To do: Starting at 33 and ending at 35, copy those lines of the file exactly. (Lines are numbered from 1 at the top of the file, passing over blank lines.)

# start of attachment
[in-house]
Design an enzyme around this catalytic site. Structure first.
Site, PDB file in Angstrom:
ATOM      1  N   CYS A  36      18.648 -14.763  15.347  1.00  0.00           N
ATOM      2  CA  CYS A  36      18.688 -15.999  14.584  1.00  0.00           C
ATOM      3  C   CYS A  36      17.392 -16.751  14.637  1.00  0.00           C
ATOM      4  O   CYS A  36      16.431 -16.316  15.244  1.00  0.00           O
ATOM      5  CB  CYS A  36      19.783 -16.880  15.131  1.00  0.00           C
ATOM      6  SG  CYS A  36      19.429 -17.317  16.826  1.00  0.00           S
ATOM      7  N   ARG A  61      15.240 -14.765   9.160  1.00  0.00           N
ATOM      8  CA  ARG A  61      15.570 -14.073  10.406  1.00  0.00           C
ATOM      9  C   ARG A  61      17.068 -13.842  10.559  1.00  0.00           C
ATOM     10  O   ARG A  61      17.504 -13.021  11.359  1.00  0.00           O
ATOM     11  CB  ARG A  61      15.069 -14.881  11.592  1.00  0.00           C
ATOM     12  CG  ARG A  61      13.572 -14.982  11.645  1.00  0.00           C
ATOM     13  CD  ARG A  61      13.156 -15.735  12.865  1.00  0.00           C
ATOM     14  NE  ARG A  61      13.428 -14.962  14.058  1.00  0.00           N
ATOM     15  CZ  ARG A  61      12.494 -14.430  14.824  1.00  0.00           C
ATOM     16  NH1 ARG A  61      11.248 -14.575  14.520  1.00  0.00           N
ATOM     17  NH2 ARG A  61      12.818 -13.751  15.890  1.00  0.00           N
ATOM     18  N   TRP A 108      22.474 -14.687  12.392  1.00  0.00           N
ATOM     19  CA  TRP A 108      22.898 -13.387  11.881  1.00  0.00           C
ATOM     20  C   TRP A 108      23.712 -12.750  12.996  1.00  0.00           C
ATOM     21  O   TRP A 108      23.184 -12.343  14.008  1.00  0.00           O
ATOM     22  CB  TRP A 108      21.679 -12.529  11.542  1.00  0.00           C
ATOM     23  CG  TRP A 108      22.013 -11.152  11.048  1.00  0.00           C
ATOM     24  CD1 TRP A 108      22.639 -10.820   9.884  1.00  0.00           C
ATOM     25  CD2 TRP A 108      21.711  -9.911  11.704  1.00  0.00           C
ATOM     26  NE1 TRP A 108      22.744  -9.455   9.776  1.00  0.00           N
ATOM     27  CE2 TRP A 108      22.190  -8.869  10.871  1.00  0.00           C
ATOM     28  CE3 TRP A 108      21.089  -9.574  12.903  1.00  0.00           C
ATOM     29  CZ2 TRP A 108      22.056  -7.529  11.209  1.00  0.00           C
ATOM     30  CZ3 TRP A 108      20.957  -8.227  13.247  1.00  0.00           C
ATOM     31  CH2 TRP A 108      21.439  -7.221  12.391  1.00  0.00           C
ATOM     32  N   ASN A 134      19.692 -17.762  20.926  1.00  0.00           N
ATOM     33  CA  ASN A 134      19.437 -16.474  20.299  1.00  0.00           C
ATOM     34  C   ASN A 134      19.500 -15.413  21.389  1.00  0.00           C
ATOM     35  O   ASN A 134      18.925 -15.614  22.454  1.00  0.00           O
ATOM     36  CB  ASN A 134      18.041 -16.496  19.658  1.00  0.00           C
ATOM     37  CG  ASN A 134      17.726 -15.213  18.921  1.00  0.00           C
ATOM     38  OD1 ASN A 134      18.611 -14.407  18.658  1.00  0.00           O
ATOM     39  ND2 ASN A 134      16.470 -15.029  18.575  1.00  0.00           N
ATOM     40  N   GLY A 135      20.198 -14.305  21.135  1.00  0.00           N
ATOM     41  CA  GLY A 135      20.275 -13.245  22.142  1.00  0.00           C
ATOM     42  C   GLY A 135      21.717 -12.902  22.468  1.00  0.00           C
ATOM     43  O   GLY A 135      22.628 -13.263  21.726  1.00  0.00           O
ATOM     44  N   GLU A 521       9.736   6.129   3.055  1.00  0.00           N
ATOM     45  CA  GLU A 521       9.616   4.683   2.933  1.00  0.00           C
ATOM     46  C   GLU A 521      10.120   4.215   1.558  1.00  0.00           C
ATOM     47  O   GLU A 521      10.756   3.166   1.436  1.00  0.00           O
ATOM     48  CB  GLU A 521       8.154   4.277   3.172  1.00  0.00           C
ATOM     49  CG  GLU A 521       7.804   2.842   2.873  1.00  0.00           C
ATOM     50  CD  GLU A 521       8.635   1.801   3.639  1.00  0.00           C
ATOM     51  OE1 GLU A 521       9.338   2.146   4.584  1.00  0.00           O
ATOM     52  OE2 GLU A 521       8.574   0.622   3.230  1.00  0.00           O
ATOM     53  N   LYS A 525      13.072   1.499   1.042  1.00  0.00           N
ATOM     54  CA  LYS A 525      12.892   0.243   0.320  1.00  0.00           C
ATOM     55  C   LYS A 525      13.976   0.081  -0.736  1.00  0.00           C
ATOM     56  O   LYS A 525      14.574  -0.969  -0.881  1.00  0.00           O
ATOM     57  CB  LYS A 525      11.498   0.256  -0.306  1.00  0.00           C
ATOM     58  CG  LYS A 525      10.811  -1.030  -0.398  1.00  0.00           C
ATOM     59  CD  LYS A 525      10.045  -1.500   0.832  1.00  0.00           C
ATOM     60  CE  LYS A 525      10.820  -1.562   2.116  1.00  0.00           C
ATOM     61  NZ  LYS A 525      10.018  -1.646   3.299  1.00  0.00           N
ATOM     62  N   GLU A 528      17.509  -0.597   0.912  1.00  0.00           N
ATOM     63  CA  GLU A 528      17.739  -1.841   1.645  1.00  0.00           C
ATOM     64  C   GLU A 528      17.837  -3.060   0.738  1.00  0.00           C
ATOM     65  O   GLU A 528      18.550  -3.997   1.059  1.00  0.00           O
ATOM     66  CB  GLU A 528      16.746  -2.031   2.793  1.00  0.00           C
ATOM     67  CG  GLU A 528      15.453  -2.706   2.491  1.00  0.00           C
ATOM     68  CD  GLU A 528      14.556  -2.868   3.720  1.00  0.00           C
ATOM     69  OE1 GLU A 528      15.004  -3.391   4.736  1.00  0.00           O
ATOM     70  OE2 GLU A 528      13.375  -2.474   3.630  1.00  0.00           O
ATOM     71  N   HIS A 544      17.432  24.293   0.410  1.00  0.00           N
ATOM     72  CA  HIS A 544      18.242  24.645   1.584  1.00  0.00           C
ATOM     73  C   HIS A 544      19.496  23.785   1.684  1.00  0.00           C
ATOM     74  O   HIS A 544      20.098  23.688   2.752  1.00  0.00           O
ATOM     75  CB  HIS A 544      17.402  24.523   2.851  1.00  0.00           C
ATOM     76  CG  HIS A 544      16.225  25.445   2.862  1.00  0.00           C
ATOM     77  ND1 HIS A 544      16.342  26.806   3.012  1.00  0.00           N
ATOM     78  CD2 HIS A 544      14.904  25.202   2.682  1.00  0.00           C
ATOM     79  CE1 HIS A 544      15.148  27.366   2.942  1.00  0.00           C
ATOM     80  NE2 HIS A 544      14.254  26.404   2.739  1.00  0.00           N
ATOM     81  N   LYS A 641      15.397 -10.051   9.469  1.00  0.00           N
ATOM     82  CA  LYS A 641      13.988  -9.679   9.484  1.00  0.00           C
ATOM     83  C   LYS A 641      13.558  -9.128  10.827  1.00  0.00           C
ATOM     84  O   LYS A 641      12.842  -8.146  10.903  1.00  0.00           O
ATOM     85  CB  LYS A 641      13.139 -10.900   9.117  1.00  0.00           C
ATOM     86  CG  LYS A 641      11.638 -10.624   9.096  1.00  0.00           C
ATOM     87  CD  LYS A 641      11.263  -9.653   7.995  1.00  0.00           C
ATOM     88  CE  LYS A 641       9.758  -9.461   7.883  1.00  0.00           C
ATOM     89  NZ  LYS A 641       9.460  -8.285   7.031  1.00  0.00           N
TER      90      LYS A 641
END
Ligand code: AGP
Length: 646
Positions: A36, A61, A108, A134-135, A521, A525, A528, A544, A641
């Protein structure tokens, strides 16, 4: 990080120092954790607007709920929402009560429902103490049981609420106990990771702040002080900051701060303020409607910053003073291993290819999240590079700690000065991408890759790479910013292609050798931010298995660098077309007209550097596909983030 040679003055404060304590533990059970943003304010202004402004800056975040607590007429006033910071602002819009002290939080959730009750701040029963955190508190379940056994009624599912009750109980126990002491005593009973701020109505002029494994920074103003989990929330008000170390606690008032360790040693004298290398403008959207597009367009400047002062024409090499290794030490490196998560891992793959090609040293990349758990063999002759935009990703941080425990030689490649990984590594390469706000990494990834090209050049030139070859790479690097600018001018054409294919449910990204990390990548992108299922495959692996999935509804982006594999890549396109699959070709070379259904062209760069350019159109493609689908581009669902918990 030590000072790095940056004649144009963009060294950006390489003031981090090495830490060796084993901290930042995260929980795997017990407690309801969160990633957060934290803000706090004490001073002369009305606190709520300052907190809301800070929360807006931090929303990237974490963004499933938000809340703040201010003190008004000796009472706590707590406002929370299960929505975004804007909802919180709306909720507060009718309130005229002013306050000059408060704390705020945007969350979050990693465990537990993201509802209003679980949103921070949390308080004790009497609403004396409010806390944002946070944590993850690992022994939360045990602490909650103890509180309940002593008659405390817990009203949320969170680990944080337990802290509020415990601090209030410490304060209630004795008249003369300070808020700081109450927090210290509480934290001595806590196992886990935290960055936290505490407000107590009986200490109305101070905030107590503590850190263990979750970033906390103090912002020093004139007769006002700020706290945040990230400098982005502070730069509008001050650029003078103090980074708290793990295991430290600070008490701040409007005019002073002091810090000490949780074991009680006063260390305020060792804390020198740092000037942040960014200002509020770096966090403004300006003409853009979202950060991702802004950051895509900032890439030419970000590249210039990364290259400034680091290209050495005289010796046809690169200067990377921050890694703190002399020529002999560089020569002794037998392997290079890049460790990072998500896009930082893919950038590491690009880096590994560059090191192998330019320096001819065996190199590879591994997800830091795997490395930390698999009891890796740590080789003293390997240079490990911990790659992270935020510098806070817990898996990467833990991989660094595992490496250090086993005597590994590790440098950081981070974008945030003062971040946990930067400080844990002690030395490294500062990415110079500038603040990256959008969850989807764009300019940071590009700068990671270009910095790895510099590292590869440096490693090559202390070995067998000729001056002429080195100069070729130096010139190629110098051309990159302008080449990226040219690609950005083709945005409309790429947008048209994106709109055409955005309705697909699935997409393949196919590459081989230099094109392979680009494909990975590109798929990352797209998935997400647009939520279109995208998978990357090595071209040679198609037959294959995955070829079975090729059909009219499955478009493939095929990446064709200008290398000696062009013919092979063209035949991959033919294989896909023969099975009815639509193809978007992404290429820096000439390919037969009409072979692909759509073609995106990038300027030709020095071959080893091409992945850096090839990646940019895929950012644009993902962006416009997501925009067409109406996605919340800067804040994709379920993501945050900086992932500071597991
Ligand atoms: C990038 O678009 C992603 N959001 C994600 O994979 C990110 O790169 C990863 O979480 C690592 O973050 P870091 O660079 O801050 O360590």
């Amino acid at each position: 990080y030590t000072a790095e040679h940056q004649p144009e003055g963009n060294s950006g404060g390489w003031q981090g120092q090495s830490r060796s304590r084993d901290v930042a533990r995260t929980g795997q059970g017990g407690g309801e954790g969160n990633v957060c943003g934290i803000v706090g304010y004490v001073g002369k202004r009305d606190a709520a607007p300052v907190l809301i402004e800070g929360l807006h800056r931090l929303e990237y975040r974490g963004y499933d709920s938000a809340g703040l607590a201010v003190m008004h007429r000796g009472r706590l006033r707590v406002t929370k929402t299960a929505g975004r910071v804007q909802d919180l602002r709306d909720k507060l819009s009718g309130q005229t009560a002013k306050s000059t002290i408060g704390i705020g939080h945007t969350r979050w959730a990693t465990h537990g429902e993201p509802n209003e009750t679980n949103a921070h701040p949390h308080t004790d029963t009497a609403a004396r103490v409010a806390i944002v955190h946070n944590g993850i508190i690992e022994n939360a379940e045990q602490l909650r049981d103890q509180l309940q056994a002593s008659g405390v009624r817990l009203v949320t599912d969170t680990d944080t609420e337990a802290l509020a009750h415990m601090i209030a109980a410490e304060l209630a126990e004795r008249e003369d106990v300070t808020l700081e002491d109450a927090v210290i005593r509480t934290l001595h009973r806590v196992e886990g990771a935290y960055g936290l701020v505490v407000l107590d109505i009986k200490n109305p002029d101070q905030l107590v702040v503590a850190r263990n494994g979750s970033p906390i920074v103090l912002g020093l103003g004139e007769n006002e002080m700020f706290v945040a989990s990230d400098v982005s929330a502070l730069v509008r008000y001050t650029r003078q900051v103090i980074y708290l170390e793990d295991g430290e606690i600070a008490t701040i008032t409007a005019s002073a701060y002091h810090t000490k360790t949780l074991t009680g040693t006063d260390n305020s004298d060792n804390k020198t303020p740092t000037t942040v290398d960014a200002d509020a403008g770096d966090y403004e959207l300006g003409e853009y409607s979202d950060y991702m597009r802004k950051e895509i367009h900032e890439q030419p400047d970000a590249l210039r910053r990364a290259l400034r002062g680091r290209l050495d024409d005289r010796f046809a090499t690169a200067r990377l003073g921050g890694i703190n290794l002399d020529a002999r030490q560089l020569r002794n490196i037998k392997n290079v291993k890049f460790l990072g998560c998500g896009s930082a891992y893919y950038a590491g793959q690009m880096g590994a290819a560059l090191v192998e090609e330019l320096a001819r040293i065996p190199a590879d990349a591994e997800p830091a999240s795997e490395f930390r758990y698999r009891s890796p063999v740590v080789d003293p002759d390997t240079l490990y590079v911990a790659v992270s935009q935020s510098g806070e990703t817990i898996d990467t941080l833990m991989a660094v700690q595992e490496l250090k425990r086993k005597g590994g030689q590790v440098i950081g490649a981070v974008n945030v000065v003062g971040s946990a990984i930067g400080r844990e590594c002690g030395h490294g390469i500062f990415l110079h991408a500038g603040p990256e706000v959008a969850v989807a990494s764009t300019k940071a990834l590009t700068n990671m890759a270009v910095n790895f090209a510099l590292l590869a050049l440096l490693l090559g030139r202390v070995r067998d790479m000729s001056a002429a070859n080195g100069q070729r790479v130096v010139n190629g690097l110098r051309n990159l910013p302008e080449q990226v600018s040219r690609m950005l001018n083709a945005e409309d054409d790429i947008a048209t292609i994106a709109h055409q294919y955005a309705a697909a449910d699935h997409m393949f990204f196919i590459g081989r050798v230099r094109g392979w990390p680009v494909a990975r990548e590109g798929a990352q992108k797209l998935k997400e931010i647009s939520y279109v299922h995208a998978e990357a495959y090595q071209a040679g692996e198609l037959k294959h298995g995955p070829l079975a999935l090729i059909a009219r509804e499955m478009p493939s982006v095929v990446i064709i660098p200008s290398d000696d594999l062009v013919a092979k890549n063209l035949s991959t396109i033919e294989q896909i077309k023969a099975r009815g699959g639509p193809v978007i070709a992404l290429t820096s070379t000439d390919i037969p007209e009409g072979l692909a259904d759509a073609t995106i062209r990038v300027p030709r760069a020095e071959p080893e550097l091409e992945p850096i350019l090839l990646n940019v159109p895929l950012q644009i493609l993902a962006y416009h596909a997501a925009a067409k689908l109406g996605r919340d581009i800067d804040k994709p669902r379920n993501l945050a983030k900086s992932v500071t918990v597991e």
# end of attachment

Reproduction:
ATOM     30  CZ3 TRP A 108      20.957  -8.227  13.247  1.00  0.00           C
ATOM     31  CH2 TRP A 108      21.439  -7.221  12.391  1.00  0.00           C
ATOM     32  N   ASN A 134      19.692 -17.762  20.926  1.00  0.00           N